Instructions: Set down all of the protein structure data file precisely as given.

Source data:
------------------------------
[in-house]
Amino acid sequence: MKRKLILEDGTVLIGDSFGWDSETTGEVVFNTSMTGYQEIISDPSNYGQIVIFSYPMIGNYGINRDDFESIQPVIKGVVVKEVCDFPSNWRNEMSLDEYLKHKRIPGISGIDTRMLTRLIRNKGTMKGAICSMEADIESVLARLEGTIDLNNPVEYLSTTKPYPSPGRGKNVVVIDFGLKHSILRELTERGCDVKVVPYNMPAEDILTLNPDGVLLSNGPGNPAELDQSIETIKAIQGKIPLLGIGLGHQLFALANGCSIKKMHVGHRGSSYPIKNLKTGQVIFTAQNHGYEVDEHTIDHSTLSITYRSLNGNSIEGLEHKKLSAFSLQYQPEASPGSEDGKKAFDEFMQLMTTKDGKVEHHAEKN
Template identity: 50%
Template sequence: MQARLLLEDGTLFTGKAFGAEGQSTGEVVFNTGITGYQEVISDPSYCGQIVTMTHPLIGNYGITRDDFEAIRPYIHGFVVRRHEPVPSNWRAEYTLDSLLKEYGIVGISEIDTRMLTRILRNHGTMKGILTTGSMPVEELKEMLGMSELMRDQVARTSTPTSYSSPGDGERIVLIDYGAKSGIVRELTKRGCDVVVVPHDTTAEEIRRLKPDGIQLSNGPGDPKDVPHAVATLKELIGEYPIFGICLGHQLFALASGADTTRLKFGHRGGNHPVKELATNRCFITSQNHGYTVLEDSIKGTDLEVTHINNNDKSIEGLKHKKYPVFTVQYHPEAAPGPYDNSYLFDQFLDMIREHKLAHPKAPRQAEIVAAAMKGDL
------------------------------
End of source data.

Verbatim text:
[in-house]
Amino acid sequence: MKRKLILEDGTVLIGDSFGWDSETTGEVVFNTSMTGYQEIISDPSNYGQIVIFSYPMIGNYGINRDDFESIQPVIKGVVVKEVCDFPSNWRNEMSLDEYLKHKRIPGISGIDTRMLTRLIRNKGTMKGAICSMEADIESVLARLEGTIDLNNPVEYLSTTKPYPSPGRGKNVVVIDFGLKHSILRELTERGCDVKVVPYNMPAEDILTLNPDGVLLSNGPGNPAELDQSIETIKAIQGKIPLLGIGLGHQLFALANGCSIKKMHVGHRGSSYPIKNLKTGQVIFTAQNHGYEVDEHTIDHSTLSITYRSLNGNSIEGLEHKKLSAFSLQYQPEASPGSEDGKKAFDEFMQLMTTKDGKVEHHAEKN
Template identity: 50%
Template sequence: MQARLLLEDGTLFTGKAFGAEGQSTGEVVFNTGITGYQEVISDPSYCGQIVTMTHPLIGNYGITRDDFEAIRPYIHGFVVRRHEPVPSNWRAEYTLDSLLKEYGIVGISEIDTRMLTRILRNHGTMKGILTTGSMPVEELKEMLGMSELMRDQVARTSTPTSYSSPGDGERIVLIDYGAKSGIVRELTKRGCDVVVVPHDTTAEEIRRLKPDGIQLSNGPGDPKDVPHAVATLKELIGEYPIFGICLGHQLFALASGADTTRLKFGHRGGNHPVKELATNRCFITSQNHGYTVLEDSIKGTDLEVTHINNNDKSIEGLKHKKYPVFTVQYHPEAAPGPYDNSYLFDQFLDMIREHKLAHPKAPRQAEIVAAAMKGDL